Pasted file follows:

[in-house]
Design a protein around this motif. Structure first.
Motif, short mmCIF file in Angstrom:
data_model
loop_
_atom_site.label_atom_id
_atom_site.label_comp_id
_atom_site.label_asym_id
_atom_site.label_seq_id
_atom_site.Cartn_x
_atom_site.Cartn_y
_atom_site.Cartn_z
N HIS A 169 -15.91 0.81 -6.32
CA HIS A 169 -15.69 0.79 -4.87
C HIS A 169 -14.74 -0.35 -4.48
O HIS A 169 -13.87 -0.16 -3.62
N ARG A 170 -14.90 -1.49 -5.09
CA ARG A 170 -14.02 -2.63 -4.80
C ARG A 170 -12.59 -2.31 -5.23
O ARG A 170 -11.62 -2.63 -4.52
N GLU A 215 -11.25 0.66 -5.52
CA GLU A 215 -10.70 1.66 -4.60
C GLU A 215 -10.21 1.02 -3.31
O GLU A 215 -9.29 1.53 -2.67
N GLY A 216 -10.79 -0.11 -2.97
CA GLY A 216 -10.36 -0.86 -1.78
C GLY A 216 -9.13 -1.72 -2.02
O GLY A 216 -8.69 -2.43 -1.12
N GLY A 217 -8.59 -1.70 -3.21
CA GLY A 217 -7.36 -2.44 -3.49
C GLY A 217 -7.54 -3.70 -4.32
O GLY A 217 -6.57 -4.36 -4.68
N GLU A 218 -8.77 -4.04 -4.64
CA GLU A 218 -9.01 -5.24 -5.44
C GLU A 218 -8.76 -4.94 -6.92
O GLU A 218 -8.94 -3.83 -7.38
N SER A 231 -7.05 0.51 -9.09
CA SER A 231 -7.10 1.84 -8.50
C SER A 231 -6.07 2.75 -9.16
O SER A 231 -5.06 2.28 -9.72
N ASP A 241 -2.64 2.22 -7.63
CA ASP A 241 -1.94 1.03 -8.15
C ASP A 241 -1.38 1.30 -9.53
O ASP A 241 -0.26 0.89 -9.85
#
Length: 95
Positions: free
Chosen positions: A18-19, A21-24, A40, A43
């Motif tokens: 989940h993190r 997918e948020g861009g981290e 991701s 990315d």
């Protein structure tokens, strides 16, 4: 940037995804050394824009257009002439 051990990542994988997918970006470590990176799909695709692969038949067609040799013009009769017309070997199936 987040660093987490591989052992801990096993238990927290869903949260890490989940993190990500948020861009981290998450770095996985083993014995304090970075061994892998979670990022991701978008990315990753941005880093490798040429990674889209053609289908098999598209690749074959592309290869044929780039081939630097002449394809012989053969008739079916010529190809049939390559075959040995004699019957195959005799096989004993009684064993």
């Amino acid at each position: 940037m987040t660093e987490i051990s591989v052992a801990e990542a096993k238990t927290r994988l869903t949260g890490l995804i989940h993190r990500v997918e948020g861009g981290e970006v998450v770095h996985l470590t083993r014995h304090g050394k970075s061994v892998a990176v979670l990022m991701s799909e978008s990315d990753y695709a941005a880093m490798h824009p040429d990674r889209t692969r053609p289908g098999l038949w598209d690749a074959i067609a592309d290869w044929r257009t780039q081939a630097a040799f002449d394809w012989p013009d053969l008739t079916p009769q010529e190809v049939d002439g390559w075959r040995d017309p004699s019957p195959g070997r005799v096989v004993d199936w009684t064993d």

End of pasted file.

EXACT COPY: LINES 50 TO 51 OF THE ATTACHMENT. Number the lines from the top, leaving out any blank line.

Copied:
């Protein structure tokens, strides 16, 4: 940037995804050394824009257009002439 051990990542994988997918970006470590990176799909695709692969038949067609040799013009009769017309070997199936 987040660093987490591989052992801990096993238990927290869903949260890490989940993190990500948020861009981290998450770095996985083993014995304090970075061994892998979670990022991701978008990315990753941005880093490798040429990674889209053609289908098999598209690749074959592309290869044929780039081939630097002449394809012989053969008739079916010529190809049939390559075959040995004699019957195959005799096989004993009684064993």
């Amino acid at each position: 940037m987040t660093e987490i051990s591989v052992a801990e990542a096993k238990t927290r994988l869903t949260g890490l995804i989940h993190r990500v997918e948020g861009g981290e970006v998450v770095h996985l470590t083993r014995h304090g050394k970075s061994v892998a990176v979670l990022m991701s799909e978008s990315d990753y695709a941005a880093m490798h824009p040429d990674r889209t692969r053609p289908g098999l038949w598209d690749a074959i067609a592309d290869w044929r257009t780039q081939a630097a040799f002449d394809w012989p013009d053969l008739t079916p009769q010529e190809v049939d002439g390559w075959r040995d017309p004699s019957p195959g070997r005799v096989v004993d199936w009684t064993d």